Broadband's future at stake in Otis
OTIS — Voters this week decide the fate of high-speed Internet service in Otis.
The lone ballot item during Tuesday's special election calls for exempting from the tax levy limit under Proposition 2 1/2 the town's share of the cost to build, install and activate a broadband network in collaboration with the state.
Polls are open from 10 a.m. to 7 p.m. at the Otis Town Hall.
By a vote of 132 to 16, townspeople last month approved borrowing up to $4 million of the estimated $5.5 million needed to upgrade the town's Internet service. The loan, combined with $1.8 million in funding from the Massachusetts Broadband Institute, will fund the project. The extra $300,000 being borrowed is seen as a contingency, according to town officials.
If approved at the polls, the plan to borrow up to $4 million would add 59 cents to the property tax rate over the first two years of the loan. Homeowners would pay on average an extra $189.13 total for the two-year period based on the average house value assessed for tax purposes at $319,000. The tax impact would remain steady through half the loan, gradually decreasing after year 10 of the 20-year bond.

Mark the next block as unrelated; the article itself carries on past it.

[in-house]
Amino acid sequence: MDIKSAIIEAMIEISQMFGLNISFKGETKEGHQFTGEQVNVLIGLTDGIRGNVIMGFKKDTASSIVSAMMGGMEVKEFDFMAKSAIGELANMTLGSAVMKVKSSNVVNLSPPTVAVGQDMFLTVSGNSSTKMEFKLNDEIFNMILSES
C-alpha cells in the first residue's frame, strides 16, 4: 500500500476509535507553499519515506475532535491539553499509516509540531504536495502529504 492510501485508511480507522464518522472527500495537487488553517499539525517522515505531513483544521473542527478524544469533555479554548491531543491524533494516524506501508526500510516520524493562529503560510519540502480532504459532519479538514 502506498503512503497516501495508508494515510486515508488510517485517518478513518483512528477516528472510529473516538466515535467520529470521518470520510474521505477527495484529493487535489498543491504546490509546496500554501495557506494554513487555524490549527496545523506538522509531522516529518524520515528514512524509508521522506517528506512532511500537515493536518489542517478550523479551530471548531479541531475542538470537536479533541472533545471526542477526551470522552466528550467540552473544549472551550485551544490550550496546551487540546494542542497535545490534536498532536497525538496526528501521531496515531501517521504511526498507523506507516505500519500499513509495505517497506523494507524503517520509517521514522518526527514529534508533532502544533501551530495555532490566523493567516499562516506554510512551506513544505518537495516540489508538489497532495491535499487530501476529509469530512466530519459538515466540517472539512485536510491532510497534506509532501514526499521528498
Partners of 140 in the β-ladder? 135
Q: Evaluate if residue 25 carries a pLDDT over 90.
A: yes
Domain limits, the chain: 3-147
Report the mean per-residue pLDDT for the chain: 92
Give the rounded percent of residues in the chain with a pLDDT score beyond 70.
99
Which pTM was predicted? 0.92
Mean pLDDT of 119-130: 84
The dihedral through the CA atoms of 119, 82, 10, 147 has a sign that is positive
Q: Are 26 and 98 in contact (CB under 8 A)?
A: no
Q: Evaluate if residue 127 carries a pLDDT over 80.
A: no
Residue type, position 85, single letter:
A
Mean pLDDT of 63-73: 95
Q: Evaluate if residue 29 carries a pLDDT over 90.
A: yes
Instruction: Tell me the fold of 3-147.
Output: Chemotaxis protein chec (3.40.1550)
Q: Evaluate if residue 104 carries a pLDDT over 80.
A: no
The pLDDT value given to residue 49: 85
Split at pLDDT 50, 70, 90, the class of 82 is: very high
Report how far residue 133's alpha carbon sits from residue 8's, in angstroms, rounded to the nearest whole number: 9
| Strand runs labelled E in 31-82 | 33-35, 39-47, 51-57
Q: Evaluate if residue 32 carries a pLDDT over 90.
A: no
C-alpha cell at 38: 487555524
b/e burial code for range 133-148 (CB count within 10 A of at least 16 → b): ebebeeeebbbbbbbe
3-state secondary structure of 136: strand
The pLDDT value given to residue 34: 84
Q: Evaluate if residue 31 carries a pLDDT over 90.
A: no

Proponents say the broadband project will bring Otis out of the stone age of its current Internet service, which is either outdated or non-existent in this rural South Berkshire Community.
Many who spoke at the special town meeting Oct. 6 cited the inability to connect with clients or customers for their businesses or unable to please visiting relatives eager for the latest high-tech entertainment.
Over the summer, the Selectmen, backed by the town's Technology and Finance committees, agreed to break away from WiredWest, a cooperative of 44 rural Western Massachusetts towns working with the state broadband institute to bring high-speed Internet service to the region.
Town officials balked at the prospect that WiredWest would own and control the network and farm out the Internet provider services, and they want the flexibility to decide who runs the system, so they will instead work directly with the state agency.
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